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Each day at 5 p.m. we collect the five top food and supplement headlines of the day, making it easy for you to catch up on today's most important natural products industry news.
January 22, 2021
President Joe Biden is expected to sign two executive orders that will expand food stamp benefits and begin the process of implementing a $15 an hour minimum wage for all federal government workers. These most recent orders are not a substitute for Biden's $1.9 trillion COVID-19 relief bill (which hasn't been passed by Congress yet), but they are a necessary lifeline for millions of hard-hit Americans. NBC News expands on Biden's "all-of-government" effort.
Instacart has laid off 10 workers who voted to unionize last year with the United Food and Commercial Workers Local 1546, in addition to almost 2,000 other employees as part of its restructuring process. The group of laid-off workers notes that they planned on asking for for health insurance and vacation time in the initial contract, which was unfinished. Instacart employees could receive as little as $250 in severance. The Verge reports.
A temporary ban on constructing and expanding huge dairy operations in Oregon aims to give state regulators a chance to study and address these facilities' social and environmental impact. After the Lost Valley Farm disaster of 2017-19, there have been several pushes from Oregon's state and local advocates to halt or pause the construction of large-scale livestock management facilties. However, with President Trump in office it has been difficult to achieve even a temporary moratorium. The Counter delves into next steps.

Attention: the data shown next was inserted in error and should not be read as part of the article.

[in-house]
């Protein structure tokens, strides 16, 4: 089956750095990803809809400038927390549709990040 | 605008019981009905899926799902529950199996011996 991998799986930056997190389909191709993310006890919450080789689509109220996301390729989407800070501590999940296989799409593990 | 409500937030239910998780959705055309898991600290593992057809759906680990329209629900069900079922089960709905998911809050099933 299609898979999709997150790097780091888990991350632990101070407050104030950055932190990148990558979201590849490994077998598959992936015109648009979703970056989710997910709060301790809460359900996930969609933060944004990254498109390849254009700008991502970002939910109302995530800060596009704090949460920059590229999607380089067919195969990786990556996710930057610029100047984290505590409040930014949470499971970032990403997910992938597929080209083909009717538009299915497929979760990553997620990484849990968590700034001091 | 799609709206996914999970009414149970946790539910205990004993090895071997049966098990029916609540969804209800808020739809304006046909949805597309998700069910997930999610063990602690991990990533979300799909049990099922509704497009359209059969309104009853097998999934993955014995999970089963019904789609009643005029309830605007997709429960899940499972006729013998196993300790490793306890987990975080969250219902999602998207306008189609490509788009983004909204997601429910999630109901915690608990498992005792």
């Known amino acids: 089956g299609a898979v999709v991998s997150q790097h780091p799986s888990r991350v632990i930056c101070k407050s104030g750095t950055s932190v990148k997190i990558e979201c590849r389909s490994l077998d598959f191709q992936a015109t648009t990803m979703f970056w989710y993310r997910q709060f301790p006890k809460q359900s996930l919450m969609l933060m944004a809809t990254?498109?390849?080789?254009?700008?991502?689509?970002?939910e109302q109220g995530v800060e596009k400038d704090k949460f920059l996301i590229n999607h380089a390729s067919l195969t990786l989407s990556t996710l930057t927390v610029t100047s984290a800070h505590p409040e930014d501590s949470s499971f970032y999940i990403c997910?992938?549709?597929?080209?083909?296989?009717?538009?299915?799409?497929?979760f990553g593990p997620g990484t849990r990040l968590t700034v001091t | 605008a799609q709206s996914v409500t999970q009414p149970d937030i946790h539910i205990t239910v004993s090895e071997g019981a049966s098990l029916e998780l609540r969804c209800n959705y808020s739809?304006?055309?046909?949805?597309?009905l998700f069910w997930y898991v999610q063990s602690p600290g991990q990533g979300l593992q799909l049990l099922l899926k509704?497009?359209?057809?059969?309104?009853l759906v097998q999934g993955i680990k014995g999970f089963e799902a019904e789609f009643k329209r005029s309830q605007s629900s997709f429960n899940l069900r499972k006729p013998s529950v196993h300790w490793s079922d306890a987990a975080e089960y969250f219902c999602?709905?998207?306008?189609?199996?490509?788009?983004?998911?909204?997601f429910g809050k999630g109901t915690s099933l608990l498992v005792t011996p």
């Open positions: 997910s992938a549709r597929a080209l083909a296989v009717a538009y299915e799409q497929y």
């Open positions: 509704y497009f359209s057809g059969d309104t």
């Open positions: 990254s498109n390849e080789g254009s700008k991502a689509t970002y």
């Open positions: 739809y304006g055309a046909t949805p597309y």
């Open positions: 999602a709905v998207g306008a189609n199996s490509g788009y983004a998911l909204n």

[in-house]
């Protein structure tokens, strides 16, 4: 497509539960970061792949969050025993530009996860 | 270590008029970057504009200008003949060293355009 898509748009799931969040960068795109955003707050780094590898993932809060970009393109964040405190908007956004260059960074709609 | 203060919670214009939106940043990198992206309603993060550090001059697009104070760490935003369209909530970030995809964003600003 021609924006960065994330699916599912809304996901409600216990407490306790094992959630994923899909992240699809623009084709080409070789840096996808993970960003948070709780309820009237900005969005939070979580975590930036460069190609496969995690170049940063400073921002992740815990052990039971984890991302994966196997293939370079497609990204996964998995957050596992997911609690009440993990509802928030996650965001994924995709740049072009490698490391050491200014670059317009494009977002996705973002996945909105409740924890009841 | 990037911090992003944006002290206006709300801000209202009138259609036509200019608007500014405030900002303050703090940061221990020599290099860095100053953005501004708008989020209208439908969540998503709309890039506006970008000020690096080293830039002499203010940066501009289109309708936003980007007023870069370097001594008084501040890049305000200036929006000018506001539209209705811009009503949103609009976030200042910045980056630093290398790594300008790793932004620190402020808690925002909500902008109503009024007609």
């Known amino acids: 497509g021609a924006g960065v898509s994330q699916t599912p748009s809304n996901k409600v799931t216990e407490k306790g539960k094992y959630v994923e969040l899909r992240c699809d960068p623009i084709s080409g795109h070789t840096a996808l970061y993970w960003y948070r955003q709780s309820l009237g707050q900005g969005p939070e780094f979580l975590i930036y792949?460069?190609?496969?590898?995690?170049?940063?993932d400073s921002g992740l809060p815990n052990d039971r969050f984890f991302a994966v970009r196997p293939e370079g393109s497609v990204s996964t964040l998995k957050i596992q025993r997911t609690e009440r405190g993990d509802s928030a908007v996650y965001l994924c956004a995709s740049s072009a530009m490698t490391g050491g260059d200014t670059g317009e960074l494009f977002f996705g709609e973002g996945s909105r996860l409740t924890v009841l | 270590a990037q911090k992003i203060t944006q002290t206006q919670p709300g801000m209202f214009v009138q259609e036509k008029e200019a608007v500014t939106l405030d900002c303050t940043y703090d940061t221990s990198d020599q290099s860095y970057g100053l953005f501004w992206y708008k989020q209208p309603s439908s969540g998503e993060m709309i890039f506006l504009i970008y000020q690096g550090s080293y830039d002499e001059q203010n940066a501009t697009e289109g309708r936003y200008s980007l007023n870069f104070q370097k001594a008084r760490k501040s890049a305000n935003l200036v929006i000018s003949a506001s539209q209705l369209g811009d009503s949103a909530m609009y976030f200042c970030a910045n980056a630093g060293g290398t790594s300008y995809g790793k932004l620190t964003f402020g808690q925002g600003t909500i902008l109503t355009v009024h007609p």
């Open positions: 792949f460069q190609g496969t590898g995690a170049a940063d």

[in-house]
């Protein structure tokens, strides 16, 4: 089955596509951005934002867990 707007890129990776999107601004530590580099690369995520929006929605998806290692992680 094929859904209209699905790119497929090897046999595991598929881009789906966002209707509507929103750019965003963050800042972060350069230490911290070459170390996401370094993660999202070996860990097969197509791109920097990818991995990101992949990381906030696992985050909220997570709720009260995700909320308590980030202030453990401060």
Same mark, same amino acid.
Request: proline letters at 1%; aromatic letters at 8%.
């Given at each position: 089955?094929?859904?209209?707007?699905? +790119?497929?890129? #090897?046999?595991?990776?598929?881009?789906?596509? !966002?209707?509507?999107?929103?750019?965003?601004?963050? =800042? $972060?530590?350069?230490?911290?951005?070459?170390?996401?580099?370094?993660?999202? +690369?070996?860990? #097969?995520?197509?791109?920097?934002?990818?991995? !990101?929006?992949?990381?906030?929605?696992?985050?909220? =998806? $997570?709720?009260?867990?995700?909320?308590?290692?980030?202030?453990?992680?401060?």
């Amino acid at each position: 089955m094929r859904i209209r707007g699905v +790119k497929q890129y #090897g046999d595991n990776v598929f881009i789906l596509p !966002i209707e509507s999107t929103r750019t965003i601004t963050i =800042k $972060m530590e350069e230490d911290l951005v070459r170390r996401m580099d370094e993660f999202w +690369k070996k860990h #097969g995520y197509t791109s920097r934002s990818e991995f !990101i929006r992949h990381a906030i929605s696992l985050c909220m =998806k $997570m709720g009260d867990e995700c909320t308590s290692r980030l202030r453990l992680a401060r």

Zurich-based venture capital firm Blue Horizon Ventures has closed a $222 million fund that will invest in startups that help make the food system more sustainable. This means everything from alternative meat technology to smart packaging. The firm has previously backed companies including The LiveKindly Co. and Mosa Meat. Bloomberg has the scoop.
America is more politically divided than ever, but businesses like yours are able to step in where the government can't to "create what politicians and advocacy groups have found elusive: a post-partisan community that shows citizens that they have the power—and desire—to solve these problems, all while creating a safe space where consumers can thrive." Not that this means trying to appeal to everyone (an impossible feat); rather, companies should strive to fall back on their fundamental values and find the common ground among their customers. Fast Company further explains the nuances of taking political stances as a corporation.
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